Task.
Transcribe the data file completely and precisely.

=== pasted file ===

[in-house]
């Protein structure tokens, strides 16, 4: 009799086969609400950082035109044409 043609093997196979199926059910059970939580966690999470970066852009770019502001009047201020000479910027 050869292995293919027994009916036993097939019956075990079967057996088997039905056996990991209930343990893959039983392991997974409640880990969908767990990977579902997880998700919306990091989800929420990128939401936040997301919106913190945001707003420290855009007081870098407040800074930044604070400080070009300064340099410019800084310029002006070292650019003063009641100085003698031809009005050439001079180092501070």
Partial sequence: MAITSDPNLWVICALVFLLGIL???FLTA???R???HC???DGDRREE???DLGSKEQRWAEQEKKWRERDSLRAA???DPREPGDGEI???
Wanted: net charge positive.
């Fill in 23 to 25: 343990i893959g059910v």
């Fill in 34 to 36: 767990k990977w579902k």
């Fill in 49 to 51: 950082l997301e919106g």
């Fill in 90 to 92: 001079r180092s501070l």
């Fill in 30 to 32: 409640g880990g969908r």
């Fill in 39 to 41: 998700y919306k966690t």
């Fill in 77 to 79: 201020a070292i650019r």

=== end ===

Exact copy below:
[in-house]
């Protein structure tokens, strides 16, 4: 009799086969609400950082035109044409 043609093997196979199926059910059970939580966690999470970066852009770019502001009047201020000479910027 050869292995293919027994009916036993097939019956075990079967057996088997039905056996990991209930343990893959039983392991997974409640880990969908767990990977579902997880998700919306990091989800929420990128939401936040997301919106913190945001707003420290855009007081870098407040800074930044604070400080070009300064340099410019800084310029002006070292650019003063009641100085003698031809009005050439001079180092501070």
Partial sequence: MAITSDPNLWVICALVFLLGIL???FLTA???R???HC???DGDRREE???DLGSKEQRWAEQEKKWRERDSLRAA???DPREPGDGEI???
Wanted: net charge positive.
């Fill in 23 to 25: 343990i893959g059910v």
């Fill in 34 to 36: 767990k990977w579902k």
């Fill in 49 to 51: 950082l997301e919106g």
């Fill in 90 to 92: 001079r180092s501070l």
């Fill in 30 to 32: 409640g880990g969908r």
């Fill in 39 to 41: 998700y919306k966690t």
């Fill in 77 to 79: 201020a070292i650019r």